Reviewed by GREG KING

Director: David Yarovesky

Stars: Elizabeth Banks, David Denman, Jackson A Dunn, Matt Jones, Emma Hunter, Becky Wahlstrom, Meredith Hagner, Gregory Allen Williams.

Jackson A. Dunn in Brightburn (2019)

A mix of superhero movie, sci-fi and horror, Brightburn cleverly inverts the Superman myth. The film takes the familiar elements of the Superman story and inverts them, giving the material a more cynical and darker edge. Make no mistake this is fairly bleak stuff at times, with a downbeat ending.

A spacecraft crashes to earth, landing near the farm of Tori (Elizabeth Banks, from Pitch Perfect, etc) and Kyle Breyer (David Denman, from the US version of The Office, etc), a childless couple. Inside the craft is a baby boy. The couple take the child in and raise him as their own son. They name him Brandon. For a few years everything seems fine and Brandon is a normal, happy and bright child with an artistic bent.

But when Brandon (played by Jackson A Dunn, from Avengers: Endgame) turns 12, Tori and Kyle begin to notice some changes in his behaviour. Brandon himself discovers that he has certain powers – superstrength, heat vision, an ability to fly. But rather than use his powers to protect the world he harnesses his powers to exact petty revenge on those who offend him. His victims include fellow classmate Caitlyn (Emma Hunter), on whom he develops a crush, but she thinks he is creepy and disturbing; her mother Erica (Becky Wahlstrom) who works as a waitress at a local diner, and even his uncle Noah (Matt Jones). Brandon even draws disturbingly graphic images in his sketchbook and hears weird voices in his head. Slowly Tori and Kyle acknowledge that there is something wrong with their son. Indeed, in one scene, Kyle attempts to shoot Brandon during a hunting trip.

Brightburn has been produced by James Gunn, better known as the director of Guardians Of The Galaxy,etc, and is something of a family affair because the script has been written by his brother Brian and cousin Mark. Gunn began his career as a director of low budget horror films, and Brightburn marks something of a return to his roots. Here he has ceded the directorial reins to David Yarovesky, a former editor whose only other feature as director is 2014’s The Hive. Yarovesky does not shy away from some of the gorier elements of the story and there is an unusually high level of gore for a superhero movie. There is one wince-inducing scene in which an eye is pierced with a glass shard that will unsettle the more squeamish.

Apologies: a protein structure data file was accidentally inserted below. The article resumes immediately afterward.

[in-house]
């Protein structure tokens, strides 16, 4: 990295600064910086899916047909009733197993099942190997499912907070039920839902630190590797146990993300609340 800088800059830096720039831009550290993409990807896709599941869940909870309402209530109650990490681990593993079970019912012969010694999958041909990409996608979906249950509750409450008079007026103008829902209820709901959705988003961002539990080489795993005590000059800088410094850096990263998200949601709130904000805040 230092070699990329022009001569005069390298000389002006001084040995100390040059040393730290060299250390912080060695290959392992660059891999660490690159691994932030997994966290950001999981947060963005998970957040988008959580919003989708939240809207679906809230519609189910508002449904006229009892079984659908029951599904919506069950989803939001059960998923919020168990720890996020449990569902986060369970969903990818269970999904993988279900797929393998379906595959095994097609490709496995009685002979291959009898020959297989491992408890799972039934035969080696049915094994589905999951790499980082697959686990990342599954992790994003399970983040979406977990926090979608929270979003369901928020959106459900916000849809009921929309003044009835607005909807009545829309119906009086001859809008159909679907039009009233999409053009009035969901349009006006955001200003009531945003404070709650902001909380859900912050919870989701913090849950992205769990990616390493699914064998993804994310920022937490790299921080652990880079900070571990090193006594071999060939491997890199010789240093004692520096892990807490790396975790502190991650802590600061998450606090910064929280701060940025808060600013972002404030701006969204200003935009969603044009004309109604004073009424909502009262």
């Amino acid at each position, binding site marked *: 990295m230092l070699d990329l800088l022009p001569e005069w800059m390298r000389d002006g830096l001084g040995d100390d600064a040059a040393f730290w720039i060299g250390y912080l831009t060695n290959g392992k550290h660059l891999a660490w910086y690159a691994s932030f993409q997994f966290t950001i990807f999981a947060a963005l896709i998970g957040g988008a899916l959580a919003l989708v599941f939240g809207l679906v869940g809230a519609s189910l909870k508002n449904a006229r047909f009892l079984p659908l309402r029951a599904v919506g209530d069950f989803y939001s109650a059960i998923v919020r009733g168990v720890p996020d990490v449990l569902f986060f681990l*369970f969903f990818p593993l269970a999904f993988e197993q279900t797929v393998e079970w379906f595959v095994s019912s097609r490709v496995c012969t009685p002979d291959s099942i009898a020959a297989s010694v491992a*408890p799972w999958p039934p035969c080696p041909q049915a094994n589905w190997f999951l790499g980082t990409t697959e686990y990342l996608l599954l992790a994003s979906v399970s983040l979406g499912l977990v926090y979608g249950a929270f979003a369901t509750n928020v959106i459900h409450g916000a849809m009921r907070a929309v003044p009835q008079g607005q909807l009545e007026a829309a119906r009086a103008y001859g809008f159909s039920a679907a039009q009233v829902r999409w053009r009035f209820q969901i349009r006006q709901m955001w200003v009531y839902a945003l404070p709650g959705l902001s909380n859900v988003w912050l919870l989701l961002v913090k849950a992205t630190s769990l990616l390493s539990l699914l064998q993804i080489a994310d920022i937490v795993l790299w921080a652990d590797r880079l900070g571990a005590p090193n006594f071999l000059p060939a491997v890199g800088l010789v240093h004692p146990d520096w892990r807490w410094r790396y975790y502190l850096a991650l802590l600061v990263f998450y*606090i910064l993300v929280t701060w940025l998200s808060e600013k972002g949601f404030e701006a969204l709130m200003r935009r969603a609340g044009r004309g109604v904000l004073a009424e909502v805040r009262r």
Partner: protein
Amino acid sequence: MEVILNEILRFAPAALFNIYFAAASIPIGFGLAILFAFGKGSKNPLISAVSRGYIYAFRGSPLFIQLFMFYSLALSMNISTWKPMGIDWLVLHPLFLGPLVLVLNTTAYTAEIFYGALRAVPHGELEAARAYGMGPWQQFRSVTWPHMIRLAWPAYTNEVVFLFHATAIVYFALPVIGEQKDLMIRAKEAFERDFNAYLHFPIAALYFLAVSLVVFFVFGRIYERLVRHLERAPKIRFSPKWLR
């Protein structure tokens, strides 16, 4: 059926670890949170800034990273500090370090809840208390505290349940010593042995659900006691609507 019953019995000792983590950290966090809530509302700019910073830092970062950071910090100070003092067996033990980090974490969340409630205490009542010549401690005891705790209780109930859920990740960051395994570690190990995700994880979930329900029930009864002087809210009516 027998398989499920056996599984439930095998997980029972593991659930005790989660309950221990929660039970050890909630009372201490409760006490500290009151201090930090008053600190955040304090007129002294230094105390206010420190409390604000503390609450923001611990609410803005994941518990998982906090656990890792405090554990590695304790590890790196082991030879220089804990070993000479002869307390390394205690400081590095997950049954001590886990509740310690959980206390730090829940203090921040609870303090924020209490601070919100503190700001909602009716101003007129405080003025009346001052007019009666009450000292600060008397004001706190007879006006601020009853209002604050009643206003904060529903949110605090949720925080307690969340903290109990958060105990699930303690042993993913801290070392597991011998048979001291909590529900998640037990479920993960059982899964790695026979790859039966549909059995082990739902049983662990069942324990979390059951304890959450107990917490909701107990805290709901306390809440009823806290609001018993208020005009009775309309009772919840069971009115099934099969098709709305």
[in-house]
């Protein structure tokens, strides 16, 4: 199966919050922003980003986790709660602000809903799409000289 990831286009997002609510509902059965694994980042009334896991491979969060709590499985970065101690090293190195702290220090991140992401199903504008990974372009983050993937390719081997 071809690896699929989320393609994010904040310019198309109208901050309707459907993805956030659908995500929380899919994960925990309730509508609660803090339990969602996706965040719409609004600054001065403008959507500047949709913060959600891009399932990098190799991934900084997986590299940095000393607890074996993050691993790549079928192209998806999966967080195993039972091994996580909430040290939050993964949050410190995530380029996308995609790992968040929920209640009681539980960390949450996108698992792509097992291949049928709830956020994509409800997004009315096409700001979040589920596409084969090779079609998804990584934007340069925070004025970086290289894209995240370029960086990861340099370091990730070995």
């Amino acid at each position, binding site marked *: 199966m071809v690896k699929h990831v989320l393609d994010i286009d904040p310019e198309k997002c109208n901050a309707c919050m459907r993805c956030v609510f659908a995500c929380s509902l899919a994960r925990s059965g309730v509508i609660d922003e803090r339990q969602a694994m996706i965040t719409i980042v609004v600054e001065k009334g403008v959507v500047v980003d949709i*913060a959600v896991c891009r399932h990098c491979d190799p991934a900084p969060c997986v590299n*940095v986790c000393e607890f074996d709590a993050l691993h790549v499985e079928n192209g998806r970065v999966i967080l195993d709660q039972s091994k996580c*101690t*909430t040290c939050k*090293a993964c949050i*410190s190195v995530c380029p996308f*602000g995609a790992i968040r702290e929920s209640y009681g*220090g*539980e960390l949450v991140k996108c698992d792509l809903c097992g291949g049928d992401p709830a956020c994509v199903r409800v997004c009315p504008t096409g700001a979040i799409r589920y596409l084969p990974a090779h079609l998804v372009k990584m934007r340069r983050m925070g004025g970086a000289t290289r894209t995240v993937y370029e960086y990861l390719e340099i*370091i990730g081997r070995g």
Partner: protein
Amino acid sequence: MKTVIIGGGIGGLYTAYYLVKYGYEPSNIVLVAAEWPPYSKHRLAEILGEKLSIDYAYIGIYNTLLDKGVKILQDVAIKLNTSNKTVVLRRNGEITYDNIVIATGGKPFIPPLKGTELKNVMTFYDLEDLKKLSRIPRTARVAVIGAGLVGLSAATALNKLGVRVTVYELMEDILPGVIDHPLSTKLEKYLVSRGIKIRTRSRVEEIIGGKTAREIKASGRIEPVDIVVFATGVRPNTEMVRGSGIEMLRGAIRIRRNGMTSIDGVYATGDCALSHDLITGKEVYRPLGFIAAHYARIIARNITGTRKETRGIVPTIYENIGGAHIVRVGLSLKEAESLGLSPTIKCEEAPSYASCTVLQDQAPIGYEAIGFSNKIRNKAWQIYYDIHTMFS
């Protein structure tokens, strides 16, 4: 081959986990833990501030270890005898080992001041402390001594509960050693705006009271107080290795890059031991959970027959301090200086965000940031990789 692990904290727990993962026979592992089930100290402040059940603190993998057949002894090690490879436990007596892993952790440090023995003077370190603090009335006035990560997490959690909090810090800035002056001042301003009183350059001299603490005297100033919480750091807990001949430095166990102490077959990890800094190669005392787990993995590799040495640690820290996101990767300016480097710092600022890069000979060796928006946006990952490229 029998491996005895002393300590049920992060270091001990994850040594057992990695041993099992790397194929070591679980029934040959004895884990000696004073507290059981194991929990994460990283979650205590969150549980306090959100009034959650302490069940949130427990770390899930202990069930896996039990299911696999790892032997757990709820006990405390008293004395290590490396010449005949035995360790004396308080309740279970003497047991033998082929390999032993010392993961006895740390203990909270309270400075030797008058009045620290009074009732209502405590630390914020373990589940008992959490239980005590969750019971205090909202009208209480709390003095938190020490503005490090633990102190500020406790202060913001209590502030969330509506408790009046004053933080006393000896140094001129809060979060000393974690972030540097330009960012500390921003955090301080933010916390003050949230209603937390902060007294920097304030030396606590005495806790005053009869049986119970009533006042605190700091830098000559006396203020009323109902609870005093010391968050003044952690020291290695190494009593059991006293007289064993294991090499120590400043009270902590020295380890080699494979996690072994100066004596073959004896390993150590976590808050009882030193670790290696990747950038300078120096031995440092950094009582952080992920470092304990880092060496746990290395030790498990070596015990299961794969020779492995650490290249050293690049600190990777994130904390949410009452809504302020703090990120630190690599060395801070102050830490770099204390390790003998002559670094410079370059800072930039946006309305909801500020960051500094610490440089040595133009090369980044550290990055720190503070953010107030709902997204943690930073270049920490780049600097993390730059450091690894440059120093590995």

The film also deals with some universal themes like the outsider struggling to fit in, adolescent angst, family, parental responsibility, sexuality, small town fears.

Performances from the cast are good, with Banks and Denman solid as Brandon’s somewhat naïve and increasingly desperate parents. Dunn is very good as the antihero of the piece and brings an intensity that suits the role. Michael Rooker, a regular in Gunn’s films, contributes a brief cameo in a post credits sequence; he plays The Big T, a conspiracy theory buff who uses his Youtube channel to opine the mysterious events that have plagued the town of Brightburn, and he believes the government is trying to cover up some sinister secrets about alien visitors from another planet.

For those who have found the recent spate of superhero movies a bit overwhelming, Brightburn comes across as something a bit different. It is a bleak and dark and downbeat version of Superman myth that somehow seems to fit the more cynical ethos of our modern world in which superhero cross over to the dark side. Or a cinematic universe in which Marvel kills off some of its most iconic characters. And at least it offers something a bit different in the genre.


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